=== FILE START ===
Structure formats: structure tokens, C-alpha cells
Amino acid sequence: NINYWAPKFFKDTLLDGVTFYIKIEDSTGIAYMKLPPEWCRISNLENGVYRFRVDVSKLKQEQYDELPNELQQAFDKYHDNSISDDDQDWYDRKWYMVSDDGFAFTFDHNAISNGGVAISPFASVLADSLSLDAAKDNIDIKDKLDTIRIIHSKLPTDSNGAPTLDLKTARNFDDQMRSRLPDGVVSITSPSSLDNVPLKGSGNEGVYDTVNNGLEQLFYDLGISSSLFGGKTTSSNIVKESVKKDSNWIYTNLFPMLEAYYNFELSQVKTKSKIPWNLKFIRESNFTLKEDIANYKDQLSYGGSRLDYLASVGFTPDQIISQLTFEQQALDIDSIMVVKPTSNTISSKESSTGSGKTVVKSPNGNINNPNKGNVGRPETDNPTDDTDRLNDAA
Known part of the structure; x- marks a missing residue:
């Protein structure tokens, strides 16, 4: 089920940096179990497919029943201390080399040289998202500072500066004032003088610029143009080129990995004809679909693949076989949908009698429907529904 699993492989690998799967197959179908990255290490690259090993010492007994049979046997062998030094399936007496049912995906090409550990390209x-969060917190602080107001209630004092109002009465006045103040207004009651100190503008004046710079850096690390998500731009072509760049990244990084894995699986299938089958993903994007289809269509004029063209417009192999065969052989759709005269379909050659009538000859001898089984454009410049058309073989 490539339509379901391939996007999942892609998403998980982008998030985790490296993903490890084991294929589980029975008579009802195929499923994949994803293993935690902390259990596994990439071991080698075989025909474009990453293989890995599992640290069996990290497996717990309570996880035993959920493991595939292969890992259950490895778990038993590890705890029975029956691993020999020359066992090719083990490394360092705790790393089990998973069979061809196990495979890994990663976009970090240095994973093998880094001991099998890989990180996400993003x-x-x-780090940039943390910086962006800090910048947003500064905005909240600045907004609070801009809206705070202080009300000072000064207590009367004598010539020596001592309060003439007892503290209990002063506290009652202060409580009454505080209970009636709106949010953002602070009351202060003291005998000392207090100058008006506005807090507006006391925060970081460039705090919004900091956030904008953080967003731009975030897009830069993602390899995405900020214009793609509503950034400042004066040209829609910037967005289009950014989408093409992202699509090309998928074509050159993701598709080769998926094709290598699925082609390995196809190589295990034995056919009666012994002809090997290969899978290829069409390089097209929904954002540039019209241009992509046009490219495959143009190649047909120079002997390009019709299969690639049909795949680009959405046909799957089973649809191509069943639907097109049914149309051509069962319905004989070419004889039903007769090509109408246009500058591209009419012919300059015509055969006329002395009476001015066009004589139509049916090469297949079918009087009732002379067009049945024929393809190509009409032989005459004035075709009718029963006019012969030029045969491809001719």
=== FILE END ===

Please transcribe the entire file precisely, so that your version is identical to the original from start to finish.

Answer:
Structure formats: structure tokens, C-alpha cells
Amino acid sequence: NINYWAPKFFKDTLLDGVTFYIKIEDSTGIAYMKLPPEWCRISNLENGVYRFRVDVSKLKQEQYDELPNELQQAFDKYHDNSISDDDQDWYDRKWYMVSDDGFAFTFDHNAISNGGVAISPFASVLADSLSLDAAKDNIDIKDKLDTIRIIHSKLPTDSNGAPTLDLKTARNFDDQMRSRLPDGVVSITSPSSLDNVPLKGSGNEGVYDTVNNGLEQLFYDLGISSSLFGGKTTSSNIVKESVKKDSNWIYTNLFPMLEAYYNFELSQVKTKSKIPWNLKFIRESNFTLKEDIANYKDQLSYGGSRLDYLASVGFTPDQIISQLTFEQQALDIDSIMVVKPTSNTISSKESSTGSGKTVVKSPNGNINNPNKGNVGRPETDNPTDDTDRLNDAA
Known part of the structure; x- marks a missing residue:
């Protein structure tokens, strides 16, 4: 089920940096179990497919029943201390080399040289998202500072500066004032003088610029143009080129990995004809679909693949076989949908009698429907529904 699993492989690998799967197959179908990255290490690259090993010492007994049979046997062998030094399936007496049912995906090409550990390209x-969060917190602080107001209630004092109002009465006045103040207004009651100190503008004046710079850096690390998500731009072509760049990244990084894995699986299938089958993903994007289809269509004029063209417009192999065969052989759709005269379909050659009538000859001898089984454009410049058309073989 490539339509379901391939996007999942892609998403998980982008998030985790490296993903490890084991294929589980029975008579009802195929499923994949994803293993935690902390259990596994990439071991080698075989025909474009990453293989890995599992640290069996990290497996717990309570996880035993959920493991595939292969890992259950490895778990038993590890705890029975029956691993020999020359066992090719083990490394360092705790790393089990998973069979061809196990495979890994990663976009970090240095994973093998880094001991099998890989990180996400993003x-x-x-780090940039943390910086962006800090910048947003500064905005909240600045907004609070801009809206705070202080009300000072000064207590009367004598010539020596001592309060003439007892503290209990002063506290009652202060409580009454505080209970009636709106949010953002602070009351202060003291005998000392207090100058008006506005807090507006006391925060970081460039705090919004900091956030904008953080967003731009975030897009830069993602390899995405900020214009793609509503950034400042004066040209829609910037967005289009950014989408093409992202699509090309998928074509050159993701598709080769998926094709290598699925082609390995196809190589295990034995056919009666012994002809090997290969899978290829069409390089097209929904954002540039019209241009992509046009490219495959143009190649047909120079002997390009019709299969690639049909795949680009959405046909799957089973649809191509069943639907097109049914149309051509069962319905004989070419004889039903007769090509109408246009500058591209009419012919300059015509055969006329002395009476001015066009004589139509049916090469297949079918009087009732002379067009049945024929393809190509009409032989005459004035075709009718029963006019012969030029045969491809001719």